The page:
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To contact one of our “Forage for Profit” team, call the Seed Office on 01769 576232
or Graham Ragg on 07798 583667
or email

Weed and pest problems and solutions

When establishing a new grass ley, which may be down for 5 to 8 years or longer, weed and pest control is vital to give the new pasture a good start and ensure the best results. Cereal farmers regard the use of weedkillers and pesticides essential tools to ensure the success of their crops which are renewed annually. How much more important is it that plants, which are expected to last for years, should be given every opportunity to flourish, by controlling weeds and pests in a new ley. Weeds and pests, can reduce seed establishment by up to 50%. This is obviously an unacceptable waste and an area where a timely, well designed spray programme is both cost effective and desirable, resulting in better establishment and greater yield. Achieving a well established ley can extend the crops expected life for years. It is important to use the correct product, particularly if there is clover in the ley. The table below shows weed control options for new leys with or without clover.

On heavy land or in wet sowing periods slugs can also play havoc with grass seed establishment and slug pellets will need to be used. A firm seedbed will help in slowing the progress of slug damage.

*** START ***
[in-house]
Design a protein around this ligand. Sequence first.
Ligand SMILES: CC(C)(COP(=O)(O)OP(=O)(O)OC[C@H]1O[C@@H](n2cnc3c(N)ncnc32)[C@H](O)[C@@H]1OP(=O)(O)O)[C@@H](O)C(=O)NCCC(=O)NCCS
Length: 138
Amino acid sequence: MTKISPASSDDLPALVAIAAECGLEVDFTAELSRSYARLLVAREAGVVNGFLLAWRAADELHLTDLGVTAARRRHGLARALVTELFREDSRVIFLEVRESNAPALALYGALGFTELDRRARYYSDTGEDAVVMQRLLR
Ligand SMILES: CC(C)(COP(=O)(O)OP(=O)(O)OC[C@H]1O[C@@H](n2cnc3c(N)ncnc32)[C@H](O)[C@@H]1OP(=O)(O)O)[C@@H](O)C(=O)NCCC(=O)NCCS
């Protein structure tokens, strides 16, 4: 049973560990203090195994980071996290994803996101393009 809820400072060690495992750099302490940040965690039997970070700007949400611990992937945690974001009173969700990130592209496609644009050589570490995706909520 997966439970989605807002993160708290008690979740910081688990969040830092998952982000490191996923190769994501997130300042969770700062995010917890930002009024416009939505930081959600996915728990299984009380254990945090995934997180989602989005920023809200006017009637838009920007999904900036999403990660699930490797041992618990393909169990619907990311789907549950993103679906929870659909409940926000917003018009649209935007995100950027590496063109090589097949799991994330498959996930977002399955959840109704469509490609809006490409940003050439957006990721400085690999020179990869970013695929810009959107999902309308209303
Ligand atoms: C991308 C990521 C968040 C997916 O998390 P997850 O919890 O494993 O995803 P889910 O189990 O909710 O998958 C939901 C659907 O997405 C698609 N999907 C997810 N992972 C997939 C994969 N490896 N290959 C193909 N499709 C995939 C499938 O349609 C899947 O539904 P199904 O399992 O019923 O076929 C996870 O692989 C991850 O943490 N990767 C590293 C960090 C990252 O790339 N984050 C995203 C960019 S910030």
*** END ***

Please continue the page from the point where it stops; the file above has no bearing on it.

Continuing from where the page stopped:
Leatherjackets and Frit Fly problems

Depending on the time of year, leatherjackets and Fritfly can also cause reseed damage or failure. Both can be controlled by the use of the insecticide Dursban WG. Frit Fly larvae destroy the central shoots of ryegrasses and can affect both establishment and development of a young ley after an arable crop or after grass. Application should be made at emergence where damage is anticipated or at first signs of attack.

Leatherjackets usually build up in old swards. Studies have shown up to 0.5 tonnes an acre of them can attack the sward from below ground.  After ploughing, bird activity can be a tell-tale sign of leatherjacket presence. Weed control in new leys will require a choice of herbicide based on the presence of clover, or not, in the mixture (see table).

Weed and pest control products

In established grassland, docks, thistles and nettles are the most common weeds. In some cases as a result of docks being allowed to seed in the fields and spreading them in slurry.  Docks can reach up to 30% of a pasture and choke the grass. At 5% infestation in a ley, docks will lead to a 5% reduction in grass yield. Control is cost effective at levels above 5%. There are several dock killers on the market and the choice will again depend on the presence or not of clover. For 2010 the product Pharoah, with a mixture of Aminopyralid and Triclopyr, probably the best all round weed controller in grass, is available for cattle and sheep grazing only.

NOTE: Due to residue problems in livestock FYM and slurries, Pharoah cannot be used on grass intended for silage.

By the judicial use of herbicides and pesticides on grassland, the sward can be kept in a more productive state for a longer number of years, ensuring livestock enterprises can make the most of what is the lowest cost feed on the farm so long as it is managed correctly.

For more information on the pests and weeds on your specific farm contact Graham Ragg on 07798 583667.

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